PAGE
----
BOWLING GREEN, Ohio (WDTN) — Bowling Green University has suspended 18 students, deferring one for later, and expelled 3 others following an investigation into the hazing death of 20-year-old Stone Foltz in March.
“At the beginning of the investigation into the incidents involving the tragic death of student Stone Foltz, BGSU committed to a fair, thorough and accountable disciplinary process,” said Alex Solis, deputy chief of staff and University spokesperson, in a statement. “Today, the University has concluded that process. All 21 students charged were found responsible for a total of 83 violations of the BGSU Code of Student Conduct, including hazing, harm to and endangering others and furnishing alcohol.”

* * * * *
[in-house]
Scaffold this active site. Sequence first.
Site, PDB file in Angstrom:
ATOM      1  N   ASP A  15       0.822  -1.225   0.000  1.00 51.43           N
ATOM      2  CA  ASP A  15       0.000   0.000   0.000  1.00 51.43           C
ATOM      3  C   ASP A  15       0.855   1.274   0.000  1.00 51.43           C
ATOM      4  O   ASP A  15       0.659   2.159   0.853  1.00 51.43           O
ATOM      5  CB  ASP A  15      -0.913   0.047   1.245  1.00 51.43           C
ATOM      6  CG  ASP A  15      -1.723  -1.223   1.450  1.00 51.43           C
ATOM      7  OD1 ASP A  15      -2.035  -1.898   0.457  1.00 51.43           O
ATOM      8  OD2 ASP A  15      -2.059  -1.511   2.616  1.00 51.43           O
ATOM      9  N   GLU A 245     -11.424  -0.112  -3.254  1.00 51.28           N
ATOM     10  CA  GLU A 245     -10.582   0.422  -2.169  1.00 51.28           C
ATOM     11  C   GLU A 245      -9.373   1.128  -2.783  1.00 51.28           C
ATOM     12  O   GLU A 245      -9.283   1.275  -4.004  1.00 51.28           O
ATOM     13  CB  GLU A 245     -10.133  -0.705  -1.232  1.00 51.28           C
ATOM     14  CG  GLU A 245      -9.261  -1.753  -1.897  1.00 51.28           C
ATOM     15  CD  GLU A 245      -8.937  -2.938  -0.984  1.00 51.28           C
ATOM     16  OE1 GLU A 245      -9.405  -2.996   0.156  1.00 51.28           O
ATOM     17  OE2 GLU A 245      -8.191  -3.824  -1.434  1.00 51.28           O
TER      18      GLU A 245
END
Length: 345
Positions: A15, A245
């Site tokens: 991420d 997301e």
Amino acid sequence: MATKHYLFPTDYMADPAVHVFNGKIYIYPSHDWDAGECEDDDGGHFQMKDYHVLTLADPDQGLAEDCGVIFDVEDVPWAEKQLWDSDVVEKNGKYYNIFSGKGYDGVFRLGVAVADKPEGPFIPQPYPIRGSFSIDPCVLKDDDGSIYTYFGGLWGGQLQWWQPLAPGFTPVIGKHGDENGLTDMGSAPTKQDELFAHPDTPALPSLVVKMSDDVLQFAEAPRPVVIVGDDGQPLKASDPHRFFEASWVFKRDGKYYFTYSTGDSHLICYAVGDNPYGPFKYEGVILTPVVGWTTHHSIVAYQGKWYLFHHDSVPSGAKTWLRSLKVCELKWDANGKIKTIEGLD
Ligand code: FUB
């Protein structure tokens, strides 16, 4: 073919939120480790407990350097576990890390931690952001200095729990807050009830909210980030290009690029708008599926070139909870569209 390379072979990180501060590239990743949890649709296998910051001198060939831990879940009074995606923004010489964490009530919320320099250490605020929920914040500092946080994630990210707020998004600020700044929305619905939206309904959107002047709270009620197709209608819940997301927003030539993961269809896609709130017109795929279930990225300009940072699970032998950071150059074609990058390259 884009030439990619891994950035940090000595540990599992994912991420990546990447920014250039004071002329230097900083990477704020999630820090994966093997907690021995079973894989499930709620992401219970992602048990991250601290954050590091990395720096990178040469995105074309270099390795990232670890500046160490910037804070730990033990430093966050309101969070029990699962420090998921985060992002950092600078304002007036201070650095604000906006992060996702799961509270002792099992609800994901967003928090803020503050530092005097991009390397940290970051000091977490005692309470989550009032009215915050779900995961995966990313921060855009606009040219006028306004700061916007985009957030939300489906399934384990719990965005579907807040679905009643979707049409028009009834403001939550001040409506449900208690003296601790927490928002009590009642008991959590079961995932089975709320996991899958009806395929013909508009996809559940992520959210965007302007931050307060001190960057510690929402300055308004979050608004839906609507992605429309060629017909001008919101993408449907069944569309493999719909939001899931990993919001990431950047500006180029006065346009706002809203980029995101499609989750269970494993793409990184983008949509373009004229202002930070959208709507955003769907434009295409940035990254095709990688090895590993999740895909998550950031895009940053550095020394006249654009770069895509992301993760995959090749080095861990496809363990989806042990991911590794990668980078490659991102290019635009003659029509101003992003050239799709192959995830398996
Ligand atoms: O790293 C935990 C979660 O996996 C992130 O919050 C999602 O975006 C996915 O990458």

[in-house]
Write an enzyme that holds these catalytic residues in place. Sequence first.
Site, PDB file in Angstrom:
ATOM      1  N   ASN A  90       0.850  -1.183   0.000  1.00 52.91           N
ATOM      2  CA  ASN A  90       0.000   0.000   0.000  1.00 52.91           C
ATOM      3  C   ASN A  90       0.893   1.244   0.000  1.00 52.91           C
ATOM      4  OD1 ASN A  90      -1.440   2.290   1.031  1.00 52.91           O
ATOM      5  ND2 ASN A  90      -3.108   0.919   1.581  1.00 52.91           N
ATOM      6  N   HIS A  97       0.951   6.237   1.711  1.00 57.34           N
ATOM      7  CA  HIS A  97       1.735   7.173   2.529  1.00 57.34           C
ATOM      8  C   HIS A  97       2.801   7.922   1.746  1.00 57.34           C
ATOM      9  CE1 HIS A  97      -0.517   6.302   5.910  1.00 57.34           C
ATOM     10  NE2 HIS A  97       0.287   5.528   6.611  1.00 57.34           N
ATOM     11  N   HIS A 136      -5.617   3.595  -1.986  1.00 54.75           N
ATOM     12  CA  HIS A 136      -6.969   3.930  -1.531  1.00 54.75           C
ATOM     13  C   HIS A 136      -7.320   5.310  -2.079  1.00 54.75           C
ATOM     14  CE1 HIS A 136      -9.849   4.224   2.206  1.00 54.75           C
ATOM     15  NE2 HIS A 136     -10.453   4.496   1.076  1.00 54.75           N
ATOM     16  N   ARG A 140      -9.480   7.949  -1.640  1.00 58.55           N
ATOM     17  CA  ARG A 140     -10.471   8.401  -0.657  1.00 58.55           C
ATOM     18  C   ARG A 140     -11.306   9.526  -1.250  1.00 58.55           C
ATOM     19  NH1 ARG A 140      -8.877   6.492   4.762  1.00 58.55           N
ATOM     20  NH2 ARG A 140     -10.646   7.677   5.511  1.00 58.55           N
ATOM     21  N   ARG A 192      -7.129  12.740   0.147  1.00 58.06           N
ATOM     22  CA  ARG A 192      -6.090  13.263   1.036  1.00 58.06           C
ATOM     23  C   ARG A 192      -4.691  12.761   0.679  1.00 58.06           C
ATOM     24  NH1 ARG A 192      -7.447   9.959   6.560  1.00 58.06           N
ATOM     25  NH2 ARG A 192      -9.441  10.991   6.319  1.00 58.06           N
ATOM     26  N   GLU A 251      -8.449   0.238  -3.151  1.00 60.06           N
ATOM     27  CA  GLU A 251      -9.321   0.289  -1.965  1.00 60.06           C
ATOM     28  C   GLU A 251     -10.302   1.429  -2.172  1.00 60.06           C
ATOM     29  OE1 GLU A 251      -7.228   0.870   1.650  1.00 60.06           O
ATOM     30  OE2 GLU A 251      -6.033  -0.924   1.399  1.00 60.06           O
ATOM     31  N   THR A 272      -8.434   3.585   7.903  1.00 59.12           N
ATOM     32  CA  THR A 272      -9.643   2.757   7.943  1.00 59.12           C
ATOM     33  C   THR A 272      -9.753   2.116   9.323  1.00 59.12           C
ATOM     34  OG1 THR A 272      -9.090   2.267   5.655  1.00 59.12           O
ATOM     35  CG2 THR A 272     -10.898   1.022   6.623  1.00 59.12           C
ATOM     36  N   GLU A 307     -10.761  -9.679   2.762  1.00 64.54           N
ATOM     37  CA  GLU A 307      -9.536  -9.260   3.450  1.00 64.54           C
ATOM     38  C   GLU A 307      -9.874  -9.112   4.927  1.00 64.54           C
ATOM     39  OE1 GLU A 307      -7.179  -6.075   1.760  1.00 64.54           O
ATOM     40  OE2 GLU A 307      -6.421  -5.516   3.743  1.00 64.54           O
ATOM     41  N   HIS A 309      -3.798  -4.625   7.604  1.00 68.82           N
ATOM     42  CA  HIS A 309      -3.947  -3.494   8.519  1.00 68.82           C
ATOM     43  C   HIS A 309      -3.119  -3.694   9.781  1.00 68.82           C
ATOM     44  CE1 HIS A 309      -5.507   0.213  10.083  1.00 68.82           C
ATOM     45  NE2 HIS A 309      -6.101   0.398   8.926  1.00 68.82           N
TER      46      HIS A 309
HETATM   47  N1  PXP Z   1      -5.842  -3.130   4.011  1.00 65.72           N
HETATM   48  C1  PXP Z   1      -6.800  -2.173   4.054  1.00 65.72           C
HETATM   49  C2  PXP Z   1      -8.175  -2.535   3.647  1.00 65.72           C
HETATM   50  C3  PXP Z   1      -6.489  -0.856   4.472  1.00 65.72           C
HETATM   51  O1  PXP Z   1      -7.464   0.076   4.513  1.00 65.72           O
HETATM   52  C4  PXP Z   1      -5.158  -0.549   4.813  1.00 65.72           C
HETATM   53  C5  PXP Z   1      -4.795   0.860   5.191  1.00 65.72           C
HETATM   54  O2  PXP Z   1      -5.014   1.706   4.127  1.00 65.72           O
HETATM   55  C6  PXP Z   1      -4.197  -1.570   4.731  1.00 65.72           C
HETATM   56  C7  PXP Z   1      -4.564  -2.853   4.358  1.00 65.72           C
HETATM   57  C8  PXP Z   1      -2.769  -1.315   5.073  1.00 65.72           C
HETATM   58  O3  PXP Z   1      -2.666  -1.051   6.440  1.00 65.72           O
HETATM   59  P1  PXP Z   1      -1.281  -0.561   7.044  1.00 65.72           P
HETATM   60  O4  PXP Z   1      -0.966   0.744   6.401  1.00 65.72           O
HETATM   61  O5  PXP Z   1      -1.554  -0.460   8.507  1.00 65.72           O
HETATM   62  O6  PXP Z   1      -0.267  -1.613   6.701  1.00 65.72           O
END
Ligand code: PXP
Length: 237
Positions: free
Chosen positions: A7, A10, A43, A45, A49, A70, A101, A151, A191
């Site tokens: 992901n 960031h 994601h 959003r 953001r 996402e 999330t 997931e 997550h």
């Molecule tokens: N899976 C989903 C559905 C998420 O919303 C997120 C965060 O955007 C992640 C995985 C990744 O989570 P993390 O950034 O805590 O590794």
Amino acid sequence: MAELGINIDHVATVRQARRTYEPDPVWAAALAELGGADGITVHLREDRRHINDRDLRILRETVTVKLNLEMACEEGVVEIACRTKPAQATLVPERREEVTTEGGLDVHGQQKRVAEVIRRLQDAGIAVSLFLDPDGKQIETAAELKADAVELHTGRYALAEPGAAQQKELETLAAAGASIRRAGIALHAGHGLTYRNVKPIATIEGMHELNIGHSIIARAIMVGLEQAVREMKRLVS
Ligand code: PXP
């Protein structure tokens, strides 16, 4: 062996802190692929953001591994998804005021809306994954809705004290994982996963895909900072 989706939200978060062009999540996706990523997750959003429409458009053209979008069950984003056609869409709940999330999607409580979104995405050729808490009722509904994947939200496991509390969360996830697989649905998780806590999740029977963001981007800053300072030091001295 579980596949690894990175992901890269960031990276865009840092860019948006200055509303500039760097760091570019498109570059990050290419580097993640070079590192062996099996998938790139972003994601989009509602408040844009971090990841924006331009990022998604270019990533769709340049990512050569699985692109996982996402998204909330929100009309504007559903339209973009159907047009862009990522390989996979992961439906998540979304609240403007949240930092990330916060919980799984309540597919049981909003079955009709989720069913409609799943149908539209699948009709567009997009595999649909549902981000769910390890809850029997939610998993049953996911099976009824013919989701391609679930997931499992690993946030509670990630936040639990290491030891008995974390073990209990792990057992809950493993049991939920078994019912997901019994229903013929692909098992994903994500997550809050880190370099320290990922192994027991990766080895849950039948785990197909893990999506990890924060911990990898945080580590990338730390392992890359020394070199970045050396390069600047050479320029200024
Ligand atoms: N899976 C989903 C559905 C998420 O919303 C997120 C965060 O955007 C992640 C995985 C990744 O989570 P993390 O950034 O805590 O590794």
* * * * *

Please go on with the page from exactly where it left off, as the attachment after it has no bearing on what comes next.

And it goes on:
Of the 21 students charged, three of them were permanently expelled, 17 were suspended between three to eight years and one student received a deferred suspension.
BGSU also released its report from the Presidential Working Group on Anti-Hazing, which outlines the universities efforts to combat hazing. This includes a zero-tolerance policy and reinforced partnerships with law enforcement.
In July, Governor Mike DeWine signed Senate Bill 126, Collin’s Law, into law. The Ohio Anti-Hazing Act. or Collin’s Law, increases criminal penalties for hazing and requires institutions to develop anti-hazing policies, as well as training and reporting.
Click here to read BGSU’s entire report from the Presidential Working Group on Anti-Hazing.